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White Noise: DJ Diamond – Flight Muzik

Sunday, 14 August 2011

DJ Diamond – Flight Muzik

Label: Planet Mu

The recent spate of footwork LPs, such as this and Machinedrum's excellent Room(s) may cause those just learning about the genre to ask why the Chicago juke scene has inspired such deeply experimental and abstract music on such a large stage, or even why label Planet Mu is pushing it out there so hard. Hopefully for those still asking, DJ Diamond's debut LP can bridge the gap between dance experimentalism and the electronic home-listening album by marrying the imperative movement in these tracks with the precision and attention to detail only found in the most obsessive beat-choppers.

For what are essentially tracks based on dance genres to work as an album, the mixing and sequencing is key. Luckily here the listener is given an LP where all of this has been taken into account, the tracks are formed like a DJ set with few discernible intros or outros, separating individual tracks and varying styles while keeping the general mood between cuts comparable enough to never feel particularly jarring. This seems an appropriate way to mix an album of footwork tracks, a genre so stripped and trippy that conventional song structure or sequencing couldn't have worked.

It's hard to isolate highlights as all the tracks bring their own unique nuances onto the established footwork style of shifting synths overlaid with aggressive percussion and repetitive vocal sampling, typically embodied in one of the straighter cuts, Pop The Trunk or fantastic early cut Vibe. What makes DJ Diamond's LP special is both the breadth of his stylistic influence and the attention to detail found across the album, seen everywhere from the taut bassline of Horns to the gorgeously shifting percussive noises and strings of Go Hard. Each track is a concise burst of tense energy, never going on too long and always accompanied by disciplined composition and an acute awareness of space in the sound, ensuring the listener is never completely overloaded.

Throughout the LP vocals and synths are clipped so finely that the music feels constantly unsettled, such as in standout opener Rep Yo Clique, but luckily Diamond's movement between samples is controlled enough that the songs unsettle but do not overwhelm, just as good footwork should, keeping production skills and dance-friendliness in the foreground. This is key, as by crafting an album rather than a set of singles Diamond has put a foot in the home listening market where production quality is more important and listeners are just as attentive to the detail and nuance of a track as its force and dance-ability. In Flight Muzik he has taken both needs to heart, as this album has both the high-end production that modern electronic music demands in order to highlight the skill and precision behind it alongside plenty of the weird sounds you only really get in bedroom productions, resulting in a happy 'best of both worlds' situation. This precision has to be partially down to his sample-based approach which allows him complete control to essentially chop everything to tiny slices of rhythm and melody and rebuild a swaying, dynamic sound that never slows even for a moment.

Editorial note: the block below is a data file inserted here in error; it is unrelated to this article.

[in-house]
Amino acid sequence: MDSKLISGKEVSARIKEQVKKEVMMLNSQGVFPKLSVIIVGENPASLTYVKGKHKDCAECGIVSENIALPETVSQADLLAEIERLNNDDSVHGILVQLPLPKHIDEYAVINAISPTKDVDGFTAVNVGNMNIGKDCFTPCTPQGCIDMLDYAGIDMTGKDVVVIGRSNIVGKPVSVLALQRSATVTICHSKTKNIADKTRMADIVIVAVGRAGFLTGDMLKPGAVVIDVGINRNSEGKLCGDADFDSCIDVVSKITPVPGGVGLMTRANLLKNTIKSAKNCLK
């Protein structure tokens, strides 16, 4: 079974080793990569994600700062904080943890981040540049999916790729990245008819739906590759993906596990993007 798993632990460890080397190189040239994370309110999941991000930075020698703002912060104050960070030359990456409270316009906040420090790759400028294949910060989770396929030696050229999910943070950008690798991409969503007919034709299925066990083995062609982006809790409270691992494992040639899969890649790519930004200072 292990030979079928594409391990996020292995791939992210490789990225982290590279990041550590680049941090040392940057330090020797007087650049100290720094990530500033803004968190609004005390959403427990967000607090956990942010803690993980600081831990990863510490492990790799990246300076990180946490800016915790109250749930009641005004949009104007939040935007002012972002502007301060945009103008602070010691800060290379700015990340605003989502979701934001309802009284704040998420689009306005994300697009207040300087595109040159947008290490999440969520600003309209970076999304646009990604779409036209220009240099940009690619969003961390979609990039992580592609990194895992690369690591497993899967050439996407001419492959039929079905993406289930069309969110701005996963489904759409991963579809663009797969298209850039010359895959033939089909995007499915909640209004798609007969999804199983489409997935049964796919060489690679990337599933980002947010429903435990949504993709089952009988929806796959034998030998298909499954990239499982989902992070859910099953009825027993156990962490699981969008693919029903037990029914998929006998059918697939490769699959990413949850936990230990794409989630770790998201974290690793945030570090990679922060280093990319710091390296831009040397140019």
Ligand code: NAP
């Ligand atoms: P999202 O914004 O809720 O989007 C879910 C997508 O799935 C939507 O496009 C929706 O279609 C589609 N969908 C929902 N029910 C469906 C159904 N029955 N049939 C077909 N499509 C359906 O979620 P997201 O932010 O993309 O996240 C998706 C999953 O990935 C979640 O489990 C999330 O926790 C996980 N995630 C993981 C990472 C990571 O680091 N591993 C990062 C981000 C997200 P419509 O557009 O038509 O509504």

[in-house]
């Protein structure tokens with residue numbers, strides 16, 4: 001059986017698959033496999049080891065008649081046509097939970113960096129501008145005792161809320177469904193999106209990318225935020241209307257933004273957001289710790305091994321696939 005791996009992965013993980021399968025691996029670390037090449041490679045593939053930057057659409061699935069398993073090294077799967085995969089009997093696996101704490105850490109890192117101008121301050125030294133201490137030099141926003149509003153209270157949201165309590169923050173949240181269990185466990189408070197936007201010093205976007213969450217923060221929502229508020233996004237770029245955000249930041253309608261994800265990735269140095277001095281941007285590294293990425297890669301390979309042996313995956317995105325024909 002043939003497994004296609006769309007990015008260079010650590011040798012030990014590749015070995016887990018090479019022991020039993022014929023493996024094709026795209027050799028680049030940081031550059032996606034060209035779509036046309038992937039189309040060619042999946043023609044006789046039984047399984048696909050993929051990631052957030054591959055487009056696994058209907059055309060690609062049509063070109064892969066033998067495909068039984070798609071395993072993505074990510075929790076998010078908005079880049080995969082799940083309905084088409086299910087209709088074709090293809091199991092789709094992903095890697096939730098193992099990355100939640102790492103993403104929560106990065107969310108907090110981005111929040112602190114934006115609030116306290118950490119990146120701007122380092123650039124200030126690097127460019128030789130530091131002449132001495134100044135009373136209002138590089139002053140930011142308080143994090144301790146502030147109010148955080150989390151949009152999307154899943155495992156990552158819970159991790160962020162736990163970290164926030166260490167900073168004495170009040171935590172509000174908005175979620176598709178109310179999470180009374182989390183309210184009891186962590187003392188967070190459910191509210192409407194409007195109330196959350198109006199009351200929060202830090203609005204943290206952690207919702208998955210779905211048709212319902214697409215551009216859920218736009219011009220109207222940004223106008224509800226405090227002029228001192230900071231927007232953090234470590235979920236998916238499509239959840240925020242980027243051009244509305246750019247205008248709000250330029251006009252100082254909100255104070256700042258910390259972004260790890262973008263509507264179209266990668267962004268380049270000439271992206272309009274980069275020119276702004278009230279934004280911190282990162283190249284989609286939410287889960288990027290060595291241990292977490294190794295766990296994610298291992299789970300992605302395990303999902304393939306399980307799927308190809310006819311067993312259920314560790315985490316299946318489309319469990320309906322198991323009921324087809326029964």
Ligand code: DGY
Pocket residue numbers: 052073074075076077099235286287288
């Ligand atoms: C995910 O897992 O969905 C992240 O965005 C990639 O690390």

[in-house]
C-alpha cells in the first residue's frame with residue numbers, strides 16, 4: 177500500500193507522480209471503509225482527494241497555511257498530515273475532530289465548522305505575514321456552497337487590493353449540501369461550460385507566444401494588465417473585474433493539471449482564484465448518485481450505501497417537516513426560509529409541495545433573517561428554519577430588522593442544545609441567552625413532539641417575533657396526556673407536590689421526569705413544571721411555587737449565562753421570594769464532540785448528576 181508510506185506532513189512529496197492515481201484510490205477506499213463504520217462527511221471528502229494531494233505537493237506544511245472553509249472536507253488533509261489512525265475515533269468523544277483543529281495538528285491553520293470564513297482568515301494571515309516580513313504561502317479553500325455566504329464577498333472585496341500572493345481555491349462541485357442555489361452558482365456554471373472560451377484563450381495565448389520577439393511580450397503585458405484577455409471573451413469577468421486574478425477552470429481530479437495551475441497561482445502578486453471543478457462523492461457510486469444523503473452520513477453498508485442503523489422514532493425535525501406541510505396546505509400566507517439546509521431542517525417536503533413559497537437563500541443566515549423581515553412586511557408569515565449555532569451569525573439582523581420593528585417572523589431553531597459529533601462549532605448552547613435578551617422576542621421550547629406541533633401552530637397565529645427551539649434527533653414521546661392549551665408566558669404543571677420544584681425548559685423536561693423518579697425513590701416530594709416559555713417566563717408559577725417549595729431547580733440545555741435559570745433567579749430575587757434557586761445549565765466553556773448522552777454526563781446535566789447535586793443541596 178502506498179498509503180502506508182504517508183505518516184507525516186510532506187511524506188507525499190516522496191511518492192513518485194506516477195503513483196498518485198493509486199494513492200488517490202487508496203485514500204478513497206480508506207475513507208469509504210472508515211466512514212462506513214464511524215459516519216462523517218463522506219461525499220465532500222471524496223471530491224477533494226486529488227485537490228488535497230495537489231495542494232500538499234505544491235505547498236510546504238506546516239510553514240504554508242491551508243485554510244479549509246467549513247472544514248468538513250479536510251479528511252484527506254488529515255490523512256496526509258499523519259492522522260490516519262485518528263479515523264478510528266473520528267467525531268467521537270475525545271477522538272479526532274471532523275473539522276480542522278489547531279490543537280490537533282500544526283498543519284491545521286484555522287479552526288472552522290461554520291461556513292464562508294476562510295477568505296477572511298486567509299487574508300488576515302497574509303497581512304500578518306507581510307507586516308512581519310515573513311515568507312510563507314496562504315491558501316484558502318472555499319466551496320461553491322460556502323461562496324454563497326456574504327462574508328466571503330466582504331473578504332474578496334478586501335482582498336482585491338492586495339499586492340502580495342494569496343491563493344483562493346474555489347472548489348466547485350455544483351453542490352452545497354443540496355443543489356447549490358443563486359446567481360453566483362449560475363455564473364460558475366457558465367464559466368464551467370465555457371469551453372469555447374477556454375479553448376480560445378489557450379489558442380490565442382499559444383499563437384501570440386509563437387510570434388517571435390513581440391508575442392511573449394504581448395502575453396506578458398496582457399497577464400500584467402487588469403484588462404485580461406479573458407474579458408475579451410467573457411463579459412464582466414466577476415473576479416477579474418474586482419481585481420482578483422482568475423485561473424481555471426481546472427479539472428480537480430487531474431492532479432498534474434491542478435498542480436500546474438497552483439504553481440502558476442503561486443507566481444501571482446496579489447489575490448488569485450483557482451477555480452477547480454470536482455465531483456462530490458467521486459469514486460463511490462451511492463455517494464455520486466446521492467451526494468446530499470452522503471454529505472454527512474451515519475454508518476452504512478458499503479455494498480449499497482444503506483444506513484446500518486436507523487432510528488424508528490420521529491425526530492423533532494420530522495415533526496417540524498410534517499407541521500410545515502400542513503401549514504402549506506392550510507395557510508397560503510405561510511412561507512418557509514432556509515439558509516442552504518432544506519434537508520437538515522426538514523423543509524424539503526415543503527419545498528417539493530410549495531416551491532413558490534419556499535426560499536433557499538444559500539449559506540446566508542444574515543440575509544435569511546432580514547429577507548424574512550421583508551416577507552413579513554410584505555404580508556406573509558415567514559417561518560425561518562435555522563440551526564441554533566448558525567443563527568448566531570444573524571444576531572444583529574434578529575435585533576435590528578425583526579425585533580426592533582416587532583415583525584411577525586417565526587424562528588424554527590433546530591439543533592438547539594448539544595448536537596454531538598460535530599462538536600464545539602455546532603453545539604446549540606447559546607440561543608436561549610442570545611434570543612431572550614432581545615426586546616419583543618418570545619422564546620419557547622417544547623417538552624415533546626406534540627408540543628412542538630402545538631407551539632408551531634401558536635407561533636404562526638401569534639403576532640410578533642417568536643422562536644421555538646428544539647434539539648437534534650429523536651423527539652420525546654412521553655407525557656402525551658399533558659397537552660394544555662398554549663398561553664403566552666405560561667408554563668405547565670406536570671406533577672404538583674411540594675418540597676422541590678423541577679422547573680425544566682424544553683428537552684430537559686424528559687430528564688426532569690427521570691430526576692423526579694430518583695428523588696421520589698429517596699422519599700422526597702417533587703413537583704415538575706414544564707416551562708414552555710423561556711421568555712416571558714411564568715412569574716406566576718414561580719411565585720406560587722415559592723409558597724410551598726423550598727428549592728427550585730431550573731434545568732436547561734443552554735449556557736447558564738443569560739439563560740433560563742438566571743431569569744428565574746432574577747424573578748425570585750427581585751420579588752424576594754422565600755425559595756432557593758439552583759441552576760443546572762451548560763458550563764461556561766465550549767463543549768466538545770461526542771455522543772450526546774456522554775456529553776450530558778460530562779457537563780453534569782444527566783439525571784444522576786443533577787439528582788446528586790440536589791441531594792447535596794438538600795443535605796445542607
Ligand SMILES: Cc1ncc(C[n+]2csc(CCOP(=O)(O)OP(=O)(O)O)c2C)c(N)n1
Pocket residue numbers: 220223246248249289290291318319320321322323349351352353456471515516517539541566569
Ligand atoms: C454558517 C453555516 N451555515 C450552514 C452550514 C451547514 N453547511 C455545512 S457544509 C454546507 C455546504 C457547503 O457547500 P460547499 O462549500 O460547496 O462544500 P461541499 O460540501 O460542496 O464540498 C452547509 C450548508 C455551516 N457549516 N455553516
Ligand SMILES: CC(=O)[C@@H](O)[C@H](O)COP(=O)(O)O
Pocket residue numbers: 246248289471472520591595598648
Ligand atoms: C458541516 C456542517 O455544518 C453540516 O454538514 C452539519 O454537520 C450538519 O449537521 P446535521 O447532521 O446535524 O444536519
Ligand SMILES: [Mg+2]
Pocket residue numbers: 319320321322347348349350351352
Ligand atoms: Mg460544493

The breadth of styles Diamond has taken on is often spectacular, the bitter bass and slippy percussion of Torture Rack recalls the filth of stripped grime, following standout Decoded melts hard-nosed house and almost-hilarious trance chords into a swirling mass where there's nothing solid to hold on to, which is pretty much the goal of the genre where the speed of the melodic and beat changes is only matched by the blurred legs of those dancing to it. Elsewhere the heavy, minimal post-dubstep of Wreckage really emphasises the excellent middle belt the LP has to offer, and as it brushes up against the micro-edits of Digimon you'll be amazed at just how much rhythm and disparate stylistic influences Diamond can take in, reconstruct and put back out in so few tracks. Each track genuinely wows by itself, from the soul sample allowed to blare out before being chopped to microsamples in Snare Fanfare to the nausea-inducing vocals and irregular snares of Speakerz 'n' Tonguez.

This is clearly an album crafted with an enormous amount of skill and there a lot of great individual tracks here as well as an impressive whole, so it leaves me with only one more question to ask. For a genre so embedded in the juke scene that created it, how does footwork stand up in an LP which clearly isn't simply focussed on getting crowds moving but also being a stimulating home listen? There's no simple answer. Fans of J Dilla and his admirable legacy will enjoy the super-short tracks across the album in themselves as well as part of a whole and appreciate them for their concise expression. However I feel that others may find too little to hold onto here, even the simplest and most percussive of the shorter tracks such as the sweet Uh could sound like a mere teaser to someone who finds the entire genre alien. But at the same time, you can't get into every genre on a cursory listen, and this is certainly one of the broadest and most cohesive footwork LPs out there, so I'd definitely recommend giving this more than a single listen before deciding it's 'not for you'. And lastly, for those able to deal with the constantly shifting sound and who can take in the meticulously detailed production all in one go, you'll already be loving it, and the only problem will be working out how the average Joe can dance to it.


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